Thursday, January 19, 2006

CIRM IP Plans: The 25 Percent Solution for the Golden State

The California stem cell agency has come up with a proposal to generate cash for California from inventions developed as the result of state-funded research grants.

It was among a number of matters addressed in a working draft of intellectual property policies that will be considered Monday at a CIRM meeting at Stanford (click here to find offsite locations at UCLA, Sacramento area and New York City).

The revenue sharing proposal calls for the state to receive 25 percent of the grantee organization's share of money garnered under a license agreement of a CIRM-funded patented invention. That would be after the individual grant recipient gets his or her cut. And the sharing plan does not kick in until revenues exceed $500,000. CIRM would require that the 25 percent fee be used for research and education that will benefit California.

Other proposals in the working draft are aimed at consistency with the Bayh-Dole Act, which is the model for splitting up the goodies on federally funded research. However, the draft is also designed to avoid some of the negative consequences of Bayh-Dole.

Here are the other "core principles" of the proposed IP policy, in addition to the state revenue sharing plan.

"Ownership: CIRM grantee non-profit organizations will own intellectual property that arises from CIRM-funded research activities.
"Broad Sharing: Intellectual property, including but not limited to data, knowledge, scientific articles, biomedical materials and patented inventions, that are made in the performance of CIRM-funded research will be shared broadly and promptly with the scientific community. This CIRM sharing policy is structured to extend the sharing of CIRM-funded intellectual property beyond practices commonly in use by the scientific community in 2005.
"Research Exemption: Patented inventions that are made in the performance of CIRM-funded research are to be made available for research purposes (at no cost) in California research institutions.
"Licensing: For patented inventions that are made in the performance of CIRM-funded research, grantee organizations are expected to negotiate non-exclusive licensing agreements where possible except in those circumstances when exclusivity is required to encourage the successful commercial development of the invention into products and services that can benefit the public. Further, grantee organizations are expected to grant licenses to companies with defined plans for access to resultant therapies for Medi-Cal and uninsured Californian patient populations.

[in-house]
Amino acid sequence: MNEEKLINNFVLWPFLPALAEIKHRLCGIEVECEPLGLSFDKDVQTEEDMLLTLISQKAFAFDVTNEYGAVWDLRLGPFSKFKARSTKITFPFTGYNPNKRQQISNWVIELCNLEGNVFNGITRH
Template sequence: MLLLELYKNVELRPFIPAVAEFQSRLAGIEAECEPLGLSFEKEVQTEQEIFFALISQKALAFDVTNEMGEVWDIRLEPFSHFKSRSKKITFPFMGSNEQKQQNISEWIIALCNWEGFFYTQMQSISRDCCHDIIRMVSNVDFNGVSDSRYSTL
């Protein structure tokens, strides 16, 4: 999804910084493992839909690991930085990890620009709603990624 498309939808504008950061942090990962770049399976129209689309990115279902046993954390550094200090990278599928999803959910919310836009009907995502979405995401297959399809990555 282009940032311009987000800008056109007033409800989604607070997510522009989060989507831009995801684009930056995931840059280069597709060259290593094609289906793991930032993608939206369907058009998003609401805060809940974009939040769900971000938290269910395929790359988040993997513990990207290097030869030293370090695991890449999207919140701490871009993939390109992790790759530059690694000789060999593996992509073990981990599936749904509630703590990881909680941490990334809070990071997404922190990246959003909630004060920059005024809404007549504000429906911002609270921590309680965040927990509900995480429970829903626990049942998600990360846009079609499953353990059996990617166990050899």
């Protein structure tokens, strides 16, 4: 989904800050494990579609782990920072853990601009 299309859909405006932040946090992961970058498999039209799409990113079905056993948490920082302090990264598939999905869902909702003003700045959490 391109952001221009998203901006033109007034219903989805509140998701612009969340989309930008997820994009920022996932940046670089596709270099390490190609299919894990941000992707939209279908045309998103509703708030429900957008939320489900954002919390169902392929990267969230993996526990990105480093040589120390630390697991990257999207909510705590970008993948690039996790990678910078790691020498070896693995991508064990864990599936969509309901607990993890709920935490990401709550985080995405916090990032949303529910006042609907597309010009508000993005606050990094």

"March-in rights: CIRM will retain march-in rights to be exercised in the event that CIRM-funded inventions are not developed in a timely manner or in the event that public health and safety concerns arise."

The proposal additionally contains interesting efforts to set up databases, assure wide and no-cost dissemination of research results and an emphasis on speedy development of therapies. Whether the CIRM proposal will meet the demands of critics is yet to be determined. It is a detailed and complex proposal, and, to use a cliché, the devil is in the details. For example, how can CIRM guarantee that its 25 percent fee goes for research and education? If the money goes into the state general fund, it is up for grabs for just about anything. Locking the money into research and education probably requires legislation, which could mean horse-trading with lawmakers, a practice that CIRM publicly eschews. That doesn't even address the question of whether research and education are the appropriate uses. Why not use the funds to aid low income seniors with chronic health care problems? Or why not use it to provide health care for women egg donors who suffer serious adverse consequences as a result of their contributions to stem cell science?

That is not to mention, why 25 percent? Is that a reasonable figure? How did the IP Task Force arrive at it?

We should note that plan was unveiled with no public outreach. It was simply posted quietly to CIRM's web site, two – possibly three -- business days before Monday's meeting. As we remarked earlier, amazingly casual for something that could involve billions of dollars. And it allows almost no time for serious responses by all interested parties at Monday's hearing.

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